button to main menu  Old Cumbria Gazetteer
roman fort, Burwens
locality:-   Burwens
locality:-   Kirkby Thore
civil parish:-   Kirkby Thore (formerly Westmorland)
county:-   Cumbria
locality type:-   roman fort
coordinates:-   NY63802560
1Km square:-   NY6325
10Km square:-   NY62

Click to enlarge
BXF17.jpg  Not a lot to see.
(taken 31.8.2012)  
BMD43.jpg  Inscribed stone in the porch of St Cuthbert's Church, Cliburn, believed to be from this roman fort:-
"BALNEVM / [ ]VET[R]O / ND LABSVM / [V]SERC[ ] / [ ]B[ ]" about the building of a new bath house?

evidence:-   old map:- OS County Series (Wmd 9 1) 
placename:-  Burwens
source data:-   Maps, County Series maps of Great Britain, scales 6 and 25 inches to 1 mile, published by the Ordnance Survey, Southampton, Hampshire, from about 1863 to 1948.

evidence:-   old map:- Speed 1611 (Wmd) 
placename:-  Callagum
source data:-   Map, hand coloured engraving, The Countie Westmorland and Kendale the Cheif Towne, scale about 2.5 miles to 1 inch, by John Speed, 1610, published by George Humble, Popes Head Alley, London, 1611-12.
"CALLAGUM / Wellop Cas"
item:-  Armitt Library : 2008.14.5
Image © see bottom of page

evidence:-   old map:- Morden 1695 (Wmd) 
placename:-  Gallatum
source data:-   Map, hand coloured engraving, Westmorland, scale about 2.5 miles to 1 inch, by Robert Morden, published by Abel Swale, the Unicorn, St Paul's Churchyard, Awnsham, and John Churchill, the Black Swan, Paternoster Row, London, 1695.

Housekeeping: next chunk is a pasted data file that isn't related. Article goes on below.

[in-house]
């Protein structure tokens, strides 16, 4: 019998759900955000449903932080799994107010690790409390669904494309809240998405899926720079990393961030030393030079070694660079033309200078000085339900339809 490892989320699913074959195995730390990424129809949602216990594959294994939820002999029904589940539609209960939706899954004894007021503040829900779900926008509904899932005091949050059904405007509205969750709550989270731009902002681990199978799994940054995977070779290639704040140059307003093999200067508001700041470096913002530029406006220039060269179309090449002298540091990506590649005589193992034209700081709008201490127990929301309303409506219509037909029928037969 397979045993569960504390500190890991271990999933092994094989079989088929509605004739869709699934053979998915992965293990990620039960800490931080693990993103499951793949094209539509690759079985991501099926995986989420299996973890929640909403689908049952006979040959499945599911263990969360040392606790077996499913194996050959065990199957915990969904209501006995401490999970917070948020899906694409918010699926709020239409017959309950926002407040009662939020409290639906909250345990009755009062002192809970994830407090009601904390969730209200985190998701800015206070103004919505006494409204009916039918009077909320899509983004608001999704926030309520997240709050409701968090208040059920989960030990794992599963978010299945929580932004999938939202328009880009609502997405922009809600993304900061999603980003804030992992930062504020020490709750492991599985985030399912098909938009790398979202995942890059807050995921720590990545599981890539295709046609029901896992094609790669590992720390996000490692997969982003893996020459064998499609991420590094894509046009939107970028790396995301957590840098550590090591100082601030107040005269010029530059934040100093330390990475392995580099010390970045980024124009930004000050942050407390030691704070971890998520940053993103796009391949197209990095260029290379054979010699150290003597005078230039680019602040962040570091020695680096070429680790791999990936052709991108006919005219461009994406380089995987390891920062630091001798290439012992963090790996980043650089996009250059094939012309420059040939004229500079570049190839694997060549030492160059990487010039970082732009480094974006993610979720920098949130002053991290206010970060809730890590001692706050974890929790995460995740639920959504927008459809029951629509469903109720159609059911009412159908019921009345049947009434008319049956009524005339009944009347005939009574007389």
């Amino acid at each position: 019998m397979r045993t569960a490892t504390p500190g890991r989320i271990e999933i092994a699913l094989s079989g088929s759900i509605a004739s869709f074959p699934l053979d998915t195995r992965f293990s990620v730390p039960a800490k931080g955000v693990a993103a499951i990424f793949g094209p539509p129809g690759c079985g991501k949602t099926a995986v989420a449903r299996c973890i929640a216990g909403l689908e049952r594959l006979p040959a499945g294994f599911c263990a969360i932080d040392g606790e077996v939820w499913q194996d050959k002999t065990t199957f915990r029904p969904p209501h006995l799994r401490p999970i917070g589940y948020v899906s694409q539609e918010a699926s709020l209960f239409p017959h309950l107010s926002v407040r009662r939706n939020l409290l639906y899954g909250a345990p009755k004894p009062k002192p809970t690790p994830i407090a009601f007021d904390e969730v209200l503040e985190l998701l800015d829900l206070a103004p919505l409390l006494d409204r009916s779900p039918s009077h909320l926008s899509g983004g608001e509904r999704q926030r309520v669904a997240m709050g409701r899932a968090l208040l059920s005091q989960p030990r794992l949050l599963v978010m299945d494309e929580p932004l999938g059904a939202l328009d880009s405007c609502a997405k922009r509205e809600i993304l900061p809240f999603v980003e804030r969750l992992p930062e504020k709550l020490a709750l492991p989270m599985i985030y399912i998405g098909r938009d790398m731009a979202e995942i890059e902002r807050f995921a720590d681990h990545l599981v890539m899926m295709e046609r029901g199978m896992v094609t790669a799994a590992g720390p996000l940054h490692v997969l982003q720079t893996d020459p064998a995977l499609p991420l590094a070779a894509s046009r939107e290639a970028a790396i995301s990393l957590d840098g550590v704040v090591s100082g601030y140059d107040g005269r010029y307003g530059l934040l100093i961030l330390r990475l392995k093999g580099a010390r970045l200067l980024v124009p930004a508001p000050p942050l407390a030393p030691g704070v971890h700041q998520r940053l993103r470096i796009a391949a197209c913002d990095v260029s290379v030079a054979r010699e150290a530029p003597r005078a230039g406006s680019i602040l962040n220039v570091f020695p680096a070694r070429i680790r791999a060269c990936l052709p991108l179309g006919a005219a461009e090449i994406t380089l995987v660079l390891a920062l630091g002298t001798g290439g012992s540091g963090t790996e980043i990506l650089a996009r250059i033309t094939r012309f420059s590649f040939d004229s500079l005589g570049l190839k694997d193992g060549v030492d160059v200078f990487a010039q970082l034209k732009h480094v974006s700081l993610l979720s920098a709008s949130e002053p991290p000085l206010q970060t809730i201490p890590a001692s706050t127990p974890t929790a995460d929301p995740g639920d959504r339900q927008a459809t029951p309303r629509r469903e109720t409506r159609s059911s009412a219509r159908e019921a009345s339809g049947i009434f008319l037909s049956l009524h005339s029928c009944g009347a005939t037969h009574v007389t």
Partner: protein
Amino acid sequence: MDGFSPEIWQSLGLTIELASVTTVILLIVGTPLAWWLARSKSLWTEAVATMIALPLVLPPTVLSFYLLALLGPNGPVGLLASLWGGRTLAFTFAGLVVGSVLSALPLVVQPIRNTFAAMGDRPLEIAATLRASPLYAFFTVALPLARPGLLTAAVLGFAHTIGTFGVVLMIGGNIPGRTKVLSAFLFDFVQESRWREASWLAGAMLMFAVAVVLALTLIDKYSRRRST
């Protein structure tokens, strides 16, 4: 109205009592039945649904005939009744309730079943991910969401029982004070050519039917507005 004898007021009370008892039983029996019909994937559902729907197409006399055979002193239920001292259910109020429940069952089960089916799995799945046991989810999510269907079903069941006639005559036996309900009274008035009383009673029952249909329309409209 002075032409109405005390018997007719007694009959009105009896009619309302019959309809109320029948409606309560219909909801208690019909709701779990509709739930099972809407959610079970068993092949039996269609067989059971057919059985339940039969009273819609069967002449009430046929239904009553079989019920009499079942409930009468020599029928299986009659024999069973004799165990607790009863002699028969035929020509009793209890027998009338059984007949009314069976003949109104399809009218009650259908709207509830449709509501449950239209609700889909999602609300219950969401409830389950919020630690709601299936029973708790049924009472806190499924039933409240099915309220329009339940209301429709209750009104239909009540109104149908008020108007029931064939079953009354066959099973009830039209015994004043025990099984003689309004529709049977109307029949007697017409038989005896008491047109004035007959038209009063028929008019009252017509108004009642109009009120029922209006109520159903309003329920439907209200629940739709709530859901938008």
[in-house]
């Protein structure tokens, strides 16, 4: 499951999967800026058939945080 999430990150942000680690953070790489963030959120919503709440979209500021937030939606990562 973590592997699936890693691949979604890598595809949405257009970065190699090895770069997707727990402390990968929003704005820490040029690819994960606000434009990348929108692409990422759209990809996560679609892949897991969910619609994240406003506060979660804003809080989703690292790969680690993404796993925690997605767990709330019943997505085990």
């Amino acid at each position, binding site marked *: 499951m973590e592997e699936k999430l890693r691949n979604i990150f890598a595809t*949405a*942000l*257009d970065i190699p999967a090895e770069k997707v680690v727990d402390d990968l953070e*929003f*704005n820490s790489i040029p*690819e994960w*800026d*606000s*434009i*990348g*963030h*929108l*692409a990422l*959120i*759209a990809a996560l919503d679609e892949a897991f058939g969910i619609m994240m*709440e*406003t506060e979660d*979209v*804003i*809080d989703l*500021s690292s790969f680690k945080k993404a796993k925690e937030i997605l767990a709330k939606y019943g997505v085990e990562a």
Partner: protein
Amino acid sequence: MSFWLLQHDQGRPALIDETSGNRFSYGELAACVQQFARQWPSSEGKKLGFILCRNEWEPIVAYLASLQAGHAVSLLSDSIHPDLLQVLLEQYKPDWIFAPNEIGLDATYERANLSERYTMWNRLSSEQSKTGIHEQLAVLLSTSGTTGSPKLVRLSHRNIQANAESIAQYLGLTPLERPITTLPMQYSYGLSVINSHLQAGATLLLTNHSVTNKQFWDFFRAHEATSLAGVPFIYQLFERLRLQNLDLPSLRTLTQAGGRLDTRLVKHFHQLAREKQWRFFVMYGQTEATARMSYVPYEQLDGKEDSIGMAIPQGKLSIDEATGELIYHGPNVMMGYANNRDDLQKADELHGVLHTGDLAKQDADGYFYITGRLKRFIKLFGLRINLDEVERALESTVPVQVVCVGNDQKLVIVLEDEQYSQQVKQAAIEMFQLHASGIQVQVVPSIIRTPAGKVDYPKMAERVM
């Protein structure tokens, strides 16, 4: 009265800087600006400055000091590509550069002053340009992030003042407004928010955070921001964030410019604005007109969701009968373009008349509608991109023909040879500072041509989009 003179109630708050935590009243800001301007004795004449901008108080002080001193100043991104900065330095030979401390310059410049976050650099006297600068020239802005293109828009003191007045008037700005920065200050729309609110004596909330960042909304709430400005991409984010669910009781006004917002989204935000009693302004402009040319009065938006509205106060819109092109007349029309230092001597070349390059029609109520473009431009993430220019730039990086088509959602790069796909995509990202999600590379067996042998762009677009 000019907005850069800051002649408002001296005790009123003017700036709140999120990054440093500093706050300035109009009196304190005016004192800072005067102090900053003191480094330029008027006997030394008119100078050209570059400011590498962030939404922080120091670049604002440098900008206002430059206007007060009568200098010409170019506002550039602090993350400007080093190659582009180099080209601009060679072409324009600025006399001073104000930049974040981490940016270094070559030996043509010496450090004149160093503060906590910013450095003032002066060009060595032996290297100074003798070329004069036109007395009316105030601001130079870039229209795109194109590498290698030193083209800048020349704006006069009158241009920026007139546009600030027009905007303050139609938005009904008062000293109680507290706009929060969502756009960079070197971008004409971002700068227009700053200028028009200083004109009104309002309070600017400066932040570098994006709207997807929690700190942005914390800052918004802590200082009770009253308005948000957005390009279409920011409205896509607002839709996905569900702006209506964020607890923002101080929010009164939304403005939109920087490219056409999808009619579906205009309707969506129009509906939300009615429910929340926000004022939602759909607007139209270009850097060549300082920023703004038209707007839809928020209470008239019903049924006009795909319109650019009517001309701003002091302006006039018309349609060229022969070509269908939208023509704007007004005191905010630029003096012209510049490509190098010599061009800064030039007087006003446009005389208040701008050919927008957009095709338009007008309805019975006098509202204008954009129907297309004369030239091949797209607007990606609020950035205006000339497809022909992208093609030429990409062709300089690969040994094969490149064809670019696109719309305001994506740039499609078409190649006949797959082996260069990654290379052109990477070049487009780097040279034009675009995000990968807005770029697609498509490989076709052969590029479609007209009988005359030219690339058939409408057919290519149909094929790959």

"Kirby Thure &Whelp Cast / Galla[tum]"
Circle, building and tower; the roman name is engraved over a poorly erased label for Whelp Castle. 
item:-  JandMN : 24
Image © see bottom of page

evidence:-   descriptive text:- Simpson 1746
placename:-  Whelp Castle
placename:-  Gallatum
source data:-   Atlas, three volumes of maps and descriptive text published as 'The Agreeable Historian, or the Compleat English Traveller ...', by Samuel Simpson, 1746.
image SMP3P7, button  goto source
Page 1025:-  "..."
"Gallatum is supposed to be Whelp Castle, near Kirkby Thore, where are the Ruins of an old Town, and very considerable Remains of Antiquity."

evidence:-   old text:- Pennant 1773
placename:-  Whelp's Castle
placename:-  Brovonacae
placename:-  Burwens
item:-  High Burwensroman coincoin, romanroman altaraltar, romanroman inscriptioninscription, roman
source data:-   Book, A Tour from Downing to Alston Moor, 1773, by Thomas Pennant, published by Edward Harding, 98 Pall Mall, London, 1801.
image PEN6p150, button  goto source
Pennant's Tour 1773, page 150  "A place of still greater antiquity was till of late years discoverable in its neighbourhood, the Roman Brovonacae, which retains its sound in Burwens, the present name of its site. Whelp's-castle was another appellation, which was derived from the first Lord of this manor, Whelp, who lived in the reign of King Stephen, or that of Henry II. It remained in his posterity some centuries: in the time of Henry VI.John Wharton, supposed to have been a cadet of"
image PEN6p151, button  goto source
Pennant's Tour 1773, page 151  "Wharton-hall possessed it; and it lately remained in his descendants, two Ladies, co-heiresses of the place."